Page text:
As the strike of the Namibian Broadcasting Corporation (NBC) workers completes its third week, a union representing the interest of the employees has accused the broadcaster and government of negotiating in bad faith and asked the court to intervene. The Namibia Public Workers Union (Napwu) has claimed in court papers the parties hid crucial information during wage negotiations, saying the broadcaster and its shareholder knew that no wage increase would be granted for the 2021/22 financial year.
An urgent application filed after NBC workers handed a petition over an 8% salary increase, and other poor working conditions to Prime Minister Saara Kuugongelwa-Amadhila shows that at beginning of 2021, the government, in a funding request to the International Monetary Fund (IMF) undertook to contain the wage bill of a selected state-owned enterprise (SOE) by implementing a wage freeze for the 2021/22 financial year.
The application is to declare that the conduct of the NBC and the government during the wage negotiations in 2020 and 2021 is unlawful, as it undermines orderly collective bargaining, and is in violation of the provisions of Section 34 of the Labour Act.
After receiving the petition, the PM promised to engage all relevant authorities to discuss the strike issue. Workers, however, threatened to march to State House if their demands are not met by Monday.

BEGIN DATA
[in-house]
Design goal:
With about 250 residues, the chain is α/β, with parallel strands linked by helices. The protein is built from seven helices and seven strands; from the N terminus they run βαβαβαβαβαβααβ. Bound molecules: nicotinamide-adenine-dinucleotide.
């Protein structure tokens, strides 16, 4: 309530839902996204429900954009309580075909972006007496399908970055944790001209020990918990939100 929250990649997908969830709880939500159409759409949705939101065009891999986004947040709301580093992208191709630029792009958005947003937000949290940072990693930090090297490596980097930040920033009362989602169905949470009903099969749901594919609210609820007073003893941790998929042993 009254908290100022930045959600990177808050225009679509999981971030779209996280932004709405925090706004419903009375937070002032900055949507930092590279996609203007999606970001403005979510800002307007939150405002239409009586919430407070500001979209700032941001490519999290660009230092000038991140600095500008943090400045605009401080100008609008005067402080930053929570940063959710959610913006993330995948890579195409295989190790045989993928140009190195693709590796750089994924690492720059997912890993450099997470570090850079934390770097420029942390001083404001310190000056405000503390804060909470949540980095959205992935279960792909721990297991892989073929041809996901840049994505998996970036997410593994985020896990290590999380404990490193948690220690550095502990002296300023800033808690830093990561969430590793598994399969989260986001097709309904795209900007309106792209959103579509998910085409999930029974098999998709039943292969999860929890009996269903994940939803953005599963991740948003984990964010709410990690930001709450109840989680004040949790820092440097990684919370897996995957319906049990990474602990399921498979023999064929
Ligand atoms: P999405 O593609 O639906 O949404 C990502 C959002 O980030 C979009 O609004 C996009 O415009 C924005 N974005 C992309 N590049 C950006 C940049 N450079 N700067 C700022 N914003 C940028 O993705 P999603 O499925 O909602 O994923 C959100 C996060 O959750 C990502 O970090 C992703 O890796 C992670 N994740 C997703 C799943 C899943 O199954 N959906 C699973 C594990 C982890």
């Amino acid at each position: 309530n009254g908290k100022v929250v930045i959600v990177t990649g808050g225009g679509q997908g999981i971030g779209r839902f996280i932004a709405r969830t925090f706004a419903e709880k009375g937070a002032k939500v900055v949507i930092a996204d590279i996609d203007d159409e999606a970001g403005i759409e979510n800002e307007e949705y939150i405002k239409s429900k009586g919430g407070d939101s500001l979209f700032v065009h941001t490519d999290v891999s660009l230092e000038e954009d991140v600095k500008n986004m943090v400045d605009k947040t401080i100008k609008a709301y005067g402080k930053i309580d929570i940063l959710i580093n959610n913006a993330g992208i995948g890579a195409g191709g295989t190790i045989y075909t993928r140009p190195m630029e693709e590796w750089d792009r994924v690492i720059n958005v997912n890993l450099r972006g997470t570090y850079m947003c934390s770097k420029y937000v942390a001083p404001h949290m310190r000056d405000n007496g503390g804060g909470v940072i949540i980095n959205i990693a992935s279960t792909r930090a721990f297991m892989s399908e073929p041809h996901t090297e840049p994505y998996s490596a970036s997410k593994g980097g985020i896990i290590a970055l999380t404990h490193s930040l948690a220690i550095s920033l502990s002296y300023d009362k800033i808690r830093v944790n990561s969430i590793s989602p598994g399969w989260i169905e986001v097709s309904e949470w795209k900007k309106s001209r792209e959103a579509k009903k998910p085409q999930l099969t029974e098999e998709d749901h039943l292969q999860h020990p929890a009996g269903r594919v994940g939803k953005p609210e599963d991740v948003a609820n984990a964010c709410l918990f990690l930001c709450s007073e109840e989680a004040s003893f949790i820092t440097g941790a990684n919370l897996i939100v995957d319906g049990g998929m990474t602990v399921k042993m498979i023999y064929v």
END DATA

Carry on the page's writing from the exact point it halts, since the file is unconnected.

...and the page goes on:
Workers petitioned that as the Namibian government has often expressed its solidarity with people plagued by oppressive regimes around the world, such as the Palestinians, Saharawi and many others, it remains imperative to remember that charity begins at home. “The responsibility to create balance and a healthy working environment at the NBC and allow Namibians to engage in sound decision-making once again by means of providing essential information lies squarely with the NBC board, top management and the government, as the shareholders of the NBC,” remarked seasoned and currently the longest-serving NBC TV news anchor, Franlin Thomas, who read the petition. In court documents, Napwu secretary general Petrus Nevonga said the government knew and the board of the NBC and government must have known, through legally mandated consultations, that there will be significant cuts to the annual subsidy granted to the NBC, thus making any salary increase illusory. “These facts were not disclosed to Napwu when it commenced wage negotiations with the NBC in December 2020. What ensued were sham negotiations that extended until 27 January 2021, when the NBC reneged on a principled understanding regarding wage and benefit increases for the employees in the bargaining unit,” Nevonga argued. Therefore, he said, in terms of the collective agreement, the NBC has certain obligations towards Napwu and its members to provide feedback to the union on matters of mutual interest regarding the workplace of its members, and its economic climate. He charged none of the discussions between NBC and its shareholder in terms of the public Enterprises Governance Act was shared with Napwu. “It is safe to assume that the board was informed of the intended wage freeze and significant cuts to the subsidy of the NBC by the minister,” said Nevonga. He argues the NBC breached the collective agreement and undermined orderly collective bargaining, adding the broadcaster and government engaged the union knowing that there was no possibility of reaching an agreement due to the contractual commitments the government had entered with IMF. “The conduct of the government and the NBC towards Napwu and the workers is dishonest. It shows bad faith towards the legitimate expectations of the workers and undermined orderly collective bargaining and industrial peace,” Nevonga contended. Napwu also accused NBC of non-compliance to strike rules, especially on the use of scab labour during a strike. This, he said, undermines the effectiveness of the strike.